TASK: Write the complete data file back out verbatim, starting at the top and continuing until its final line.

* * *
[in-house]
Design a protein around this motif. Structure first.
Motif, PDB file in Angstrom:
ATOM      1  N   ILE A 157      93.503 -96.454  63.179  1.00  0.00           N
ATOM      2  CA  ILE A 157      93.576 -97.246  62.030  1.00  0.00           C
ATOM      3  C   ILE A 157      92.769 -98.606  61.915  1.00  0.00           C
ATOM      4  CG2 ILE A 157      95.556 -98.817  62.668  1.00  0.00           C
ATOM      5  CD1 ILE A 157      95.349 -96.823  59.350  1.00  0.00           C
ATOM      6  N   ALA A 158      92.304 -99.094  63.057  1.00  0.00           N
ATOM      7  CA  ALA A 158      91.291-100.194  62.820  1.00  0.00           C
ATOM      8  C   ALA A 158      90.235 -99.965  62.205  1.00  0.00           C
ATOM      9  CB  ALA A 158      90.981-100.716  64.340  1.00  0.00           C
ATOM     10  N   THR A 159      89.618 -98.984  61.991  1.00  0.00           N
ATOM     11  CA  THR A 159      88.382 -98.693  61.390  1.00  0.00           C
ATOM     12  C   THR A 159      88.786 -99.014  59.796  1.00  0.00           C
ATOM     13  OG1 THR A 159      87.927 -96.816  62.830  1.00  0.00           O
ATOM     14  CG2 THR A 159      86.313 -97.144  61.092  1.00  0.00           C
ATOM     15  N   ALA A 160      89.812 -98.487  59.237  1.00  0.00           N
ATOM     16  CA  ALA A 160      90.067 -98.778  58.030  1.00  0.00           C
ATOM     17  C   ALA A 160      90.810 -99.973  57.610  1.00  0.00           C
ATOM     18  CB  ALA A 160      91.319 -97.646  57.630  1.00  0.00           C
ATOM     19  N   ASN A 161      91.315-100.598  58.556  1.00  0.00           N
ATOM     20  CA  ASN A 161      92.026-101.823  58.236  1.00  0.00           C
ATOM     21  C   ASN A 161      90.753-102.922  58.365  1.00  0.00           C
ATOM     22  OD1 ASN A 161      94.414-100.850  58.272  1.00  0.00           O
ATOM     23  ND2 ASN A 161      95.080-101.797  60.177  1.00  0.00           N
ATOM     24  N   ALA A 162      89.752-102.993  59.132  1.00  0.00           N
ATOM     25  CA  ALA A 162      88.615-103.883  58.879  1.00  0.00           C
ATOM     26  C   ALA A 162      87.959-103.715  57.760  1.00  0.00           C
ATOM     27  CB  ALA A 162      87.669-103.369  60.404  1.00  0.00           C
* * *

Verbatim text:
[in-house]
Design a protein around this motif. Structure first.
Motif, PDB file in Angstrom:
ATOM      1  N   ILE A 157      93.503 -96.454  63.179  1.00  0.00           N
ATOM      2  CA  ILE A 157      93.576 -97.246  62.030  1.00  0.00           C
ATOM      3  C   ILE A 157      92.769 -98.606  61.915  1.00  0.00           C
ATOM      4  CG2 ILE A 157      95.556 -98.817  62.668  1.00  0.00           C
ATOM      5  CD1 ILE A 157      95.349 -96.823  59.350  1.00  0.00           C
ATOM      6  N   ALA A 158      92.304 -99.094  63.057  1.00  0.00           N
ATOM      7  CA  ALA A 158      91.291-100.194  62.820  1.00  0.00           C
ATOM      8  C   ALA A 158      90.235 -99.965  62.205  1.00  0.00           C
ATOM      9  CB  ALA A 158      90.981-100.716  64.340  1.00  0.00           C
ATOM     10  N   THR A 159      89.618 -98.984  61.991  1.00  0.00           N
ATOM     11  CA  THR A 159      88.382 -98.693  61.390  1.00  0.00           C
ATOM     12  C   THR A 159      88.786 -99.014  59.796  1.00  0.00           C
ATOM     13  OG1 THR A 159      87.927 -96.816  62.830  1.00  0.00           O
ATOM     14  CG2 THR A 159      86.313 -97.144  61.092  1.00  0.00           C
ATOM     15  N   ALA A 160      89.812 -98.487  59.237  1.00  0.00           N
ATOM     16  CA  ALA A 160      90.067 -98.778  58.030  1.00  0.00           C
ATOM     17  C   ALA A 160      90.810 -99.973  57.610  1.00  0.00           C
ATOM     18  CB  ALA A 160      91.319 -97.646  57.630  1.00  0.00           C
ATOM     19  N   ASN A 161      91.315-100.598  58.556  1.00  0.00           N
ATOM     20  CA  ASN A 161      92.026-101.823  58.236  1.00  0.00           C
ATOM     21  C   ASN A 161      90.753-102.922  58.365  1.00  0.00           C
ATOM     22  OD1 ASN A 161      94.414-100.850  58.272  1.00  0.00           O
ATOM     23  ND2 ASN A 161      95.080-101.797  60.177  1.00  0.00           N
ATOM     24  N   ALA A 162      89.752-102.993  59.132  1.00  0.00           N
ATOM     25  CA  ALA A 162      88.615-103.883  58.879  1.00  0.00           C
ATOM     26  C   ALA A 162      87.959-103.715  57.760  1.00  0.00           C
ATOM     27  CB  ALA A 162      87.669-103.369  60.404  1.00  0.00           C